I was in Alley’s the other day buying my requisite newspaper and coffee. The woman in front of me in line excused herself to finish her conversation with another standing off to the side. The woman in her late 50s or early 60s who excused herself and wore a colorful, handcrafted felt hat was speaking to a woman in her 80s who had a bubbliness of someone half her age, wore what I can only describe as a bonnet, looked familiar to me and spoke audibly and loud enough for me to hear that Yvette Eastman had died at the age of 101. She had fallen, broken a hip and things degraded from there.

I spoke up before introducing myself and thought aloud “the same thing happened to my grandfather” as I remembered mowing Yvette’s lawn in East Pasture Lane. And that view. Her house sat atop a hill overlooking Menemsha pond in Aquinnah. Yvette was opinionated, firm and a character among all the characters who inhabit this Island.

I then decided to introduce myself and told the older of the two ladies that she looked familiar and I was sure she knew my grandparents Jack and Lucy Ann. She smiled.

“Lucy Ann. Of course I knew her.” And though Lucy Ann died nearly 25 years ago, my new acquaintance showed me with a limber curtsy: “I’m wearing her pants!”

This broke the ice nicely and we began to chat. Her bucket purse sat on the ground next to her feet as she clasped its handle, a paper bag in the other hand.

I knew little about her except that she wrote and that my aunt had cleaned her house. I learned of her time at the Providence Journal and six years as editor of the Vineyard Gazette.

We shared many common interests as our conversation moved from travel to hunting, something she strongly opposes. As she expounded on the subject, touching on various forms of eradication without a hunter’s hand involved, she made it clear this was a firm opinion that I would not dare to reverse.

I was away for the month of December. I don’t hunt, but during the season it is hard to walk through somebody’s barn without pinballing through hanging carcasses. I caught the early season geese, but a failed refrigerator thwarted dreams of aged meat when the musty fridge was opened after its cooling system had conked out. This left me with all the hung geese I had been stockpiling from a friend who liked to shoot them but didn’t always have time to pluck, destined for the compost pile.

I missed the backstraps, the scraps and trimmings and the fun that is had in helping a friend or family member skin and clean a deer. Knives are sharpened, radios play in the background, your fingers are numb and you hope the blood on your hands came from the deer and not your veins.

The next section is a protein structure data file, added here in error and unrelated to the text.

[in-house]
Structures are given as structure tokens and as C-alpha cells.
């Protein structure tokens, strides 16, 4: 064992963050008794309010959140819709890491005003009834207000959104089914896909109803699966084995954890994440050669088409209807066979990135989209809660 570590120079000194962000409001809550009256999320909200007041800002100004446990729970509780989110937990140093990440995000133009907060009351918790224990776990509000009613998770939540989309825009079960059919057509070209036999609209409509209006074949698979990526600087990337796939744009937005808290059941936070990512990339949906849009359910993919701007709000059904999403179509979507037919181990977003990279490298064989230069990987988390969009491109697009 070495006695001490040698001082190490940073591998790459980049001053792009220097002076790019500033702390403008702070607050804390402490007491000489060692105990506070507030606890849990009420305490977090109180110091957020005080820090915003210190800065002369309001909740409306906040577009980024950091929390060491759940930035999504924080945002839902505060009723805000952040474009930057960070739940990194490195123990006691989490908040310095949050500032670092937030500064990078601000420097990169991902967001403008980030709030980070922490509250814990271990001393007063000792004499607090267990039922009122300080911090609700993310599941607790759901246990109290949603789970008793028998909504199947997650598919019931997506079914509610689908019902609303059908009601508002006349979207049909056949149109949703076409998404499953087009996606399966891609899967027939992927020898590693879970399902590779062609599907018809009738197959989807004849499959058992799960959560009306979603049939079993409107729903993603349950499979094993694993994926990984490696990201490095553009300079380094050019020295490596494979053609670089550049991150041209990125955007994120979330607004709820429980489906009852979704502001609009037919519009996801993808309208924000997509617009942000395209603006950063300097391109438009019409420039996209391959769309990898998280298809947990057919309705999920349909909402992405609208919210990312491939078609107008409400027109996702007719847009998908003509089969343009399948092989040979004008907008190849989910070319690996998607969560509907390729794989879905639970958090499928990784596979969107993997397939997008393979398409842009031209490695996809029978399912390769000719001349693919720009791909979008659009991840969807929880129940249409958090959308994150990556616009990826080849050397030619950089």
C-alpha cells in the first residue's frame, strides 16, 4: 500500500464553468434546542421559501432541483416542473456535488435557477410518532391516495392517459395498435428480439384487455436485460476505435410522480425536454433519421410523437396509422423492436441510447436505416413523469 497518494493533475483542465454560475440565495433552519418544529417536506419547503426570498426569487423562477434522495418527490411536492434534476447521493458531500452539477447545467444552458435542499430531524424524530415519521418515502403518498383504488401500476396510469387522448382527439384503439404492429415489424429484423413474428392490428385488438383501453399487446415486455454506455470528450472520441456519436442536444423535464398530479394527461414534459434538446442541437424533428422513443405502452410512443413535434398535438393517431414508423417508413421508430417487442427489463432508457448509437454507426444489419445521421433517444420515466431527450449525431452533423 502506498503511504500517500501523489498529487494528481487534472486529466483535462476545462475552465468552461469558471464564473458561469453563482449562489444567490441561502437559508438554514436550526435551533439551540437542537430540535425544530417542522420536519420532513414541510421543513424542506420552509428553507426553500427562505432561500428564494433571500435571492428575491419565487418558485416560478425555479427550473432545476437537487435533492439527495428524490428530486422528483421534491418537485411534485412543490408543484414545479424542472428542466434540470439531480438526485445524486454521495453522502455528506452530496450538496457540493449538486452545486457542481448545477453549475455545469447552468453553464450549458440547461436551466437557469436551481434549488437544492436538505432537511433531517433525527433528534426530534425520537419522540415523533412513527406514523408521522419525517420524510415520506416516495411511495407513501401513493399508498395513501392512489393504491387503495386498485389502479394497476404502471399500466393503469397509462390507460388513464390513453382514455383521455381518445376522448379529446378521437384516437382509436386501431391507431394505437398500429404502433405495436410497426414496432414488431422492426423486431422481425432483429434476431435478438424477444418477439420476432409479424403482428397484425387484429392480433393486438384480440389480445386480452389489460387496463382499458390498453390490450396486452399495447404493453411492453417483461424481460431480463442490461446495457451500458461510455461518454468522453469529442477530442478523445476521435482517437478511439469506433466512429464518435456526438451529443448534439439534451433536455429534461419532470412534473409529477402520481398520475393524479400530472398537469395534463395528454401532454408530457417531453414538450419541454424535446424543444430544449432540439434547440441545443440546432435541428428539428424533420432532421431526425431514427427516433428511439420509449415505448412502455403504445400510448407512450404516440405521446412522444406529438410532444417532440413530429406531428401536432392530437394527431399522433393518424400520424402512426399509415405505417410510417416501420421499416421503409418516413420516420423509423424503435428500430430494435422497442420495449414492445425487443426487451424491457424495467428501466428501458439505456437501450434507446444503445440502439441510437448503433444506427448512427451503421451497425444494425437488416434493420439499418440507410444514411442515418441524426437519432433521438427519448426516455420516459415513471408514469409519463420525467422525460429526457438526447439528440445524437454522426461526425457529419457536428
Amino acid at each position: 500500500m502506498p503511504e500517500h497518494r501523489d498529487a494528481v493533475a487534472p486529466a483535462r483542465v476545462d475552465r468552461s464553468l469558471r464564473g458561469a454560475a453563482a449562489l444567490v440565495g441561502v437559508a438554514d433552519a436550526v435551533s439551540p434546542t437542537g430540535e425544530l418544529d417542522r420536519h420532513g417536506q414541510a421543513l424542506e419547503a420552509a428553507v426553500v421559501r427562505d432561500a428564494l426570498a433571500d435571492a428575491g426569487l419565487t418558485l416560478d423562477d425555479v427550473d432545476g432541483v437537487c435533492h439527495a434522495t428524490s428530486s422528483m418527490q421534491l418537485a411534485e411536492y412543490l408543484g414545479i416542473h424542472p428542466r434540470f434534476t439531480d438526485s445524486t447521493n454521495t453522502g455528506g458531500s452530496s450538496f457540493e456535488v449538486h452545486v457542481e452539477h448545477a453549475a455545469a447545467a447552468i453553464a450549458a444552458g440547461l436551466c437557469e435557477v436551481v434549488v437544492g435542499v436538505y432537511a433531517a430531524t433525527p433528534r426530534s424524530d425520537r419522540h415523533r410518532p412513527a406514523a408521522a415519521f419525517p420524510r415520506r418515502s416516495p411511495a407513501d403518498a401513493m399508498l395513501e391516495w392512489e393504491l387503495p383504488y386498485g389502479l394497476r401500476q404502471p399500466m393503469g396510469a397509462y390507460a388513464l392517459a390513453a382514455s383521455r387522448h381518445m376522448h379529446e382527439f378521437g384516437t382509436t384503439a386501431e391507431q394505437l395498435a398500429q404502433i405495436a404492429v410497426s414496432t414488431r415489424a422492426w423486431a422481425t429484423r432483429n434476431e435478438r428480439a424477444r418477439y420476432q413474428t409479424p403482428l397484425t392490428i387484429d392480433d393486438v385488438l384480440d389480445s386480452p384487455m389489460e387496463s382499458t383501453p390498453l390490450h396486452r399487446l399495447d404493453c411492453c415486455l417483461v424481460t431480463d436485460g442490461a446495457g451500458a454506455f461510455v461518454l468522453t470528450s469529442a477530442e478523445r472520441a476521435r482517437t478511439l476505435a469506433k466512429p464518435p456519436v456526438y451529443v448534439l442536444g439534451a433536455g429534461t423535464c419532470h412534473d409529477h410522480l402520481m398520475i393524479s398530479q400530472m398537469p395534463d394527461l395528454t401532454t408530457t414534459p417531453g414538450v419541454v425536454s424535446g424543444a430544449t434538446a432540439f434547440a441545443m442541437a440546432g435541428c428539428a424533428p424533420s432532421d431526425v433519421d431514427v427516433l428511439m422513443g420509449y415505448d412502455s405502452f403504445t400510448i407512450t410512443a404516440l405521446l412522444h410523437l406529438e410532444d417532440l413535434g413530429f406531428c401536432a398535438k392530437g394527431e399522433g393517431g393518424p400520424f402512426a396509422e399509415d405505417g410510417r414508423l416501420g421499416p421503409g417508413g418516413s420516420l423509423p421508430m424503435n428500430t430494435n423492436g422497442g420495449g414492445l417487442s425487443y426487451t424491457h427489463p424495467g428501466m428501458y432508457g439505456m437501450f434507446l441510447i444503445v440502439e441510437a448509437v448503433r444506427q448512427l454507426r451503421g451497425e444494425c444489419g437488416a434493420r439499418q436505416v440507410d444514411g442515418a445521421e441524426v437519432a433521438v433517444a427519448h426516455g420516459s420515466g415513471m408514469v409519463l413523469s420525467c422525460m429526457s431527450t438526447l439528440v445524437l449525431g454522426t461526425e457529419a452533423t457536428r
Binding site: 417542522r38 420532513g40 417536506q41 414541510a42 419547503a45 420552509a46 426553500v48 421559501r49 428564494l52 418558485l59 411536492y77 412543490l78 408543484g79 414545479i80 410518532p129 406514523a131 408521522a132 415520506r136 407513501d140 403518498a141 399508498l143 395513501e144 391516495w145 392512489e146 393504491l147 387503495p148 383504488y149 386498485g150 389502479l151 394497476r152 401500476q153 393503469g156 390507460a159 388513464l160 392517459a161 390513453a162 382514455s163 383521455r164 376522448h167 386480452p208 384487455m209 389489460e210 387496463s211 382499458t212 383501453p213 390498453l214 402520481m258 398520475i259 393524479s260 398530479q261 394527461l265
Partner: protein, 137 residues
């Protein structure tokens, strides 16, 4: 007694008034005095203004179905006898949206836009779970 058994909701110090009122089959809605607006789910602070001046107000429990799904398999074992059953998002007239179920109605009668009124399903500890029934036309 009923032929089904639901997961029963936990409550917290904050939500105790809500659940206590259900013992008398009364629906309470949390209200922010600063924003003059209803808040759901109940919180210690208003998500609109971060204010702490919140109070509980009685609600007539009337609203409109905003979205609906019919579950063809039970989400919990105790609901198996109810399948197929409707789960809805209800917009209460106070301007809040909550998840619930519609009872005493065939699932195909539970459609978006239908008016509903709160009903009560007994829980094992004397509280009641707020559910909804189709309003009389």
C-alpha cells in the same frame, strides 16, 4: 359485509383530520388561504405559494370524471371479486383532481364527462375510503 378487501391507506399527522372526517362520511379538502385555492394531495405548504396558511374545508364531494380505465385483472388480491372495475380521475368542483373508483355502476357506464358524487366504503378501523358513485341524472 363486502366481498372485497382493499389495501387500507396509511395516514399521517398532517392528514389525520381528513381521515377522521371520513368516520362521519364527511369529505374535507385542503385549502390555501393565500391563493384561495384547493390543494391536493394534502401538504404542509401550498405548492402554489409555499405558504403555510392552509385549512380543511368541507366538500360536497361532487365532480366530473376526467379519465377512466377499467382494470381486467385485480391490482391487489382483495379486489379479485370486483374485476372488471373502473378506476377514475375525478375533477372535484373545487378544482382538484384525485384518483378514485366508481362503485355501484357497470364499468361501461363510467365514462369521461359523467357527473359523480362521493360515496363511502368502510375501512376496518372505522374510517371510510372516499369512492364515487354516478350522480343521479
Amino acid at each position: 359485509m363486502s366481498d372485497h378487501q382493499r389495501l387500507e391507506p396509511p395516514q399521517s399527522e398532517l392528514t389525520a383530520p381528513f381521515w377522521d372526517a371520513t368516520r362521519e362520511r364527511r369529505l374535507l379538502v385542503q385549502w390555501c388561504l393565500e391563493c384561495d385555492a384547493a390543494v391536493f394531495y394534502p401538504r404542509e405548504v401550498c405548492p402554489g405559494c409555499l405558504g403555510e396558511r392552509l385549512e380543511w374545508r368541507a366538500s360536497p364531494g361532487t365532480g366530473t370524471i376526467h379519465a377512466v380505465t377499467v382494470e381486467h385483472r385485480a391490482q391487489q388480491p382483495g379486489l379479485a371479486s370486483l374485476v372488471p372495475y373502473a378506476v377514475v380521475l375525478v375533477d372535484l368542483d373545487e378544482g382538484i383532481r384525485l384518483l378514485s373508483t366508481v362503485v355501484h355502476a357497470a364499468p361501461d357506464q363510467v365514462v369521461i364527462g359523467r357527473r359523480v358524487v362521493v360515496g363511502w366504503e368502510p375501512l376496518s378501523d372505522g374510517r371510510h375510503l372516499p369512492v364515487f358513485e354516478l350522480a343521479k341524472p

I missed my chance and now freezers are stocked, hides gone and from what I have heard secondhand, it was business as usual.

We have gotten a decent amount of snow this winter and had our share of frigid weather broken up by a few mild January days.

The bay scallop season came and went in the blink of an eye in Chilmark, while Aquinnah motors on though the season, it has slowed there, too. Isaac Taylor told me this morning at the gas station: “They [the scallops] are still there; some people have better things to do than sift through all that weed.” He was talking about the eel grass hiding the scallops.

“Do you have better things to do?” I asked him.

“Not better, just other things.” He said as he gassed up his dump truck and life went on.

The Chilmark guys have headed over to the Great Pond in search of oysters, and are hitting it “pretty hard” by Johnny Hoy’s estimation.

The cut is open now, so they will salt up nicely in the coming weeks before the cut gradually closes and the cycle starts again.

I got a few geese when I returned after the new year and their breasts and thighs are packed up in my freezer awaiting a future in sausage or cassoulet.

Asked by my new acquaintance at Alley’s if I was a hunter myself, I said: “No, but I believe in eating venison because I love it.”

We then digressed to memories of my father saving her late husband’s life after he was attacked by a swarm of bees on a job site. He was deathly allergic and my father’s quick thinking helped to get him to the hospital safely.

She remembered our pet raccoon growing up and that it rode around in the front seat of my parents’ truck with us. She chuckled aloud at the thought of this.

I asked her if she liked venison and she broke our eye contact to look off contemplatively.

Then leaned in to make sure I knew she was being frank with me and said:

“One of my favorite things about traveling is going out to eat in a foreign country, pretending I don’t speak their language. Then I order venison. I love it.”